Eating a Protein-Rich Diet as a Vegan

Lots of us have trouble getting a lot of protein in our diet, even if we are non-vegan or vegetarian. 

 

But the myth that it is difficult to eat sufficient amounts of protein is even more persistent for vegans — meat and dairy products are not the only protein-rich foods available!

 

What is protein?

Simply put, proteins are made up of many amino acids, sometimes multiple thousands! While proteins can be very complex, it’s pretty amazing to note that there are only 20 different amino acid types that make up these structures

 

These are grouped into essential or nonessential amino acids. Essential amino acids are required, but cannot be made by our body on its own, whereas the body can make nonessential amino acids on its own either from the essential amino acids we consume or from glucose and a variety of nitrogen sources.

 

Why do you need protein?

Protein is an essential macronutrient for our bodies. It has numerous purposes, including helping your body make and repair skin, tissue, and organs, and aiding in other body processes such as immune response, hormone production, fluid balance, and more. 

 

It is also a component of every cell in our body and is found in many body fluids!

 

How much protein do you need?

Our bodies are all different; this means that everyone’s specific protein needs may also be different! Since the recommended protein intake varies from person to person, it is important to be aware of what your specific body needs.

 

The USDA’s current basic protein recommendation is about 0.36 grams of protein per pound, but it is still not quite black and white. There are many factors that may affect your specific requirements such as your age, weight, daily activity level, whether you are pregnant or breastfeeding, or have other health conditions. 

 

To figure out what is recommended for you, check out their handy Dietary Reference Intakes (DRIs) calculator and/or check with a physician or healthcare professional who may be able to provide more information

 

Plant-based protein for vegans (and for all!)

Did you know that even the USDA recommends that people eat more plant proteins more often? 

Below are some of our favorite vegan-friendly proteins that you can eat for a great protein-rich diet!

 

Beans & Legumes

Both cooked kidney beans (boiled, without salt) and cooked black beans (boiled, without salt) have approximately 7.5g of protein per ½ cup serving! 

 

Chickpeas (boiled, without salt), also commonly referred to as garbanzo beans, are another source, with about 7g protein per ½ cup serving. Chickpeas are a great addition to any salad or stew, or can be made into delicious hummus with the help of some nutritious extra virgin olive oil and your favorite spices.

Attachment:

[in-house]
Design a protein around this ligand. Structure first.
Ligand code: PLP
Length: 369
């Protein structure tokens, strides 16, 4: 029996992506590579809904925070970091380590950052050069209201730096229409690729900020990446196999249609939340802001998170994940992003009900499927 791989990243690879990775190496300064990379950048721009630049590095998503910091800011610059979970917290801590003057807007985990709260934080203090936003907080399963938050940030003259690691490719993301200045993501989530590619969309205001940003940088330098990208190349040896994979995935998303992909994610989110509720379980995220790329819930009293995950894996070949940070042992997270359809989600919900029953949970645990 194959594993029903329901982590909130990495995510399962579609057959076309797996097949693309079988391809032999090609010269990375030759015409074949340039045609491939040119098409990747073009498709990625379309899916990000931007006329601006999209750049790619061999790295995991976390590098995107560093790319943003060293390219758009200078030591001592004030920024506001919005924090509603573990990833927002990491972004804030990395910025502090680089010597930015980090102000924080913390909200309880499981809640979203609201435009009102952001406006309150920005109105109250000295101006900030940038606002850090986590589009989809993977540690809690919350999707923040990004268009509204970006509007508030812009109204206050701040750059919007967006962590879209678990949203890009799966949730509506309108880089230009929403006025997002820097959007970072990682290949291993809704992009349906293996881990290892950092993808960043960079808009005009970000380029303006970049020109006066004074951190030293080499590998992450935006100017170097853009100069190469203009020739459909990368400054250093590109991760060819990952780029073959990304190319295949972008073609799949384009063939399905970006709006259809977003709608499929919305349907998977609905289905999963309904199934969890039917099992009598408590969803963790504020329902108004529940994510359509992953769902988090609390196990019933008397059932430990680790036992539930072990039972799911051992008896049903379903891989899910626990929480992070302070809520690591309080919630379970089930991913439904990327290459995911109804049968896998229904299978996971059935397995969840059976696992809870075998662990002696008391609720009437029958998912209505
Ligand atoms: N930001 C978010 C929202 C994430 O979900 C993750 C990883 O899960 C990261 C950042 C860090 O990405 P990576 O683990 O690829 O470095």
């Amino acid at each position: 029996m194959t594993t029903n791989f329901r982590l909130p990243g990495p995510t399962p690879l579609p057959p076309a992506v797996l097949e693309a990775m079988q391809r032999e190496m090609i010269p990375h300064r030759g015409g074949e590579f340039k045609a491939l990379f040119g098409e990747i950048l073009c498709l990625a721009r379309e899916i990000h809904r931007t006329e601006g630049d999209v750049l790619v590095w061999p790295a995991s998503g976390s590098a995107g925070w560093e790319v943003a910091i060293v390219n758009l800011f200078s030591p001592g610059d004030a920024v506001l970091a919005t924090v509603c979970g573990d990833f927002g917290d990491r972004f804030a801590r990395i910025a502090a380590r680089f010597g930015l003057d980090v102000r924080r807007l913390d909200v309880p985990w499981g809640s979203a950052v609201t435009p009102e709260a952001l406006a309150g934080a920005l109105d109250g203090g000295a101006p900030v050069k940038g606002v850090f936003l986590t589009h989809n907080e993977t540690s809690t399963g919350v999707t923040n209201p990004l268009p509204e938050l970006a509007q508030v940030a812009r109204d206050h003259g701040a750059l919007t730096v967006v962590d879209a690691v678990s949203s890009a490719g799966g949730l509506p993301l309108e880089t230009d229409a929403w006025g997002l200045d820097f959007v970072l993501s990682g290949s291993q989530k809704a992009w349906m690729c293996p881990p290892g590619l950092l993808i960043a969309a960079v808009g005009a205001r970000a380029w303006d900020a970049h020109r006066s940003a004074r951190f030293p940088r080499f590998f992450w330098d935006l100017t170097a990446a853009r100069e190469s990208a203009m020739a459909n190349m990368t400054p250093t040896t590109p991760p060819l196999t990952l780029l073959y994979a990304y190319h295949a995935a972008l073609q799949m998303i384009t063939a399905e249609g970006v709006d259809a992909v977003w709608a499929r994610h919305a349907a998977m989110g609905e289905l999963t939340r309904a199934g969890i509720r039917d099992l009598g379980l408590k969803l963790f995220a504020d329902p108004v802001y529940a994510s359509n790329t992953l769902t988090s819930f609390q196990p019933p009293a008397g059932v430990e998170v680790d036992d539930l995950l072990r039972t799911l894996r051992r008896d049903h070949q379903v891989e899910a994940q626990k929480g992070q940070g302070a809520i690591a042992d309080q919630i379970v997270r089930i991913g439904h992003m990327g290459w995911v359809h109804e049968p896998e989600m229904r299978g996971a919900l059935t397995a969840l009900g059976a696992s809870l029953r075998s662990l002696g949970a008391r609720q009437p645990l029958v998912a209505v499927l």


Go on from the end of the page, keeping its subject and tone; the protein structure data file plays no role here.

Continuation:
Lentils are hearty legumes with 9g of protein per ½ cup serving (cooked, boiled, without salt). Boiled lentils are great on their own, but they also go great with pasta, veggies, or in soups!

 

Peanuts

Peanuts (raw, all types)  are not only an easy snack, but also have protein! One ounce has approximately 7g of protein. And if you’re more of a peanut butter person, you can find about 7g protein per 2 tbsp serving (smoothe style, without salt).

 

Seeds

Roasted pumpkin and squash seeds (kernals, without salt) may have more protein than you’d think — a ¼ cup serving has just under 9g of protein. And although these are always great to have around Thanksgiving time, that doesn’t have to be the only time you eat these tasty seeds!

 

Almonds

Sliced almonds are another great snack or nut choice to incorporate into your meals. By enjoying ⅓ cup of sliced almonds, you’ll consume about 6.5g of protein.

 

Vegetables

Don’t forget good ol’ veggies for some of your daily protein intake! Not all vegetables are created equally when it comes to protein content — some have more than others per serving. 

 

Check out these veggie options: 

  • A 1-cup serving of raw broccoli has about 2.5g of protein and is high in vitamins A & C!
  • A ½ cup of cut corn (sweet, yellow, cooked, boiled, drained, without salt), offers just over 2.5g of protein.
  • A ½ cup serving of cooked green peas (boiled, drained, without salt), has just over 4g protein and is a good source of vitamin K (phylloquinone), vitamin B6, and folate!  
  • A serving of 4 brussels sprouts (cooked, boiled, drained, without salt) has approximately 2g protein and is both high in vitamin C and a good source of folate.

 

Plant-Based Protein Powder

If you’d like to add more protein to your diet in addition to that you’re receiving through your food, supplementing your protein intake with a quick and easy protein shake may be a great option! 

 

Our Organic Vegan Chocolate Protein Powder, made from pumpkin seeds, is also dairy, whey, and grain free! Each serving (1 scoop) has 14g of protein. Talk about a great snack option!  

 

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Plus, you can use the protein powder to make your own tasty recipes loaded with even more protein, just like MaryRuth’s chewy chocolate chip muffins or yummy protein root beer float

 

More Nutrients for Vegans

What’s great to remember is that when you’re eating your regular diet, it’s not uncommon for foods to provide more than just one part of your daily nutrient intake, as you can see above with the veggies! Keep a look out on all the other foods both in this list and in your daily routine to see if there are any other vitamins and minerals that you’re taking in through your regular diet. 

 

You may even find that you’re able to provide your body with all of its recommended daily nutrients  through your healthy daily diet! But if you find that your daily diet isn’t ticking all the boxes you’d like it to, we’re here to help you get all the vitamins and minerals your body craves and needs.

 

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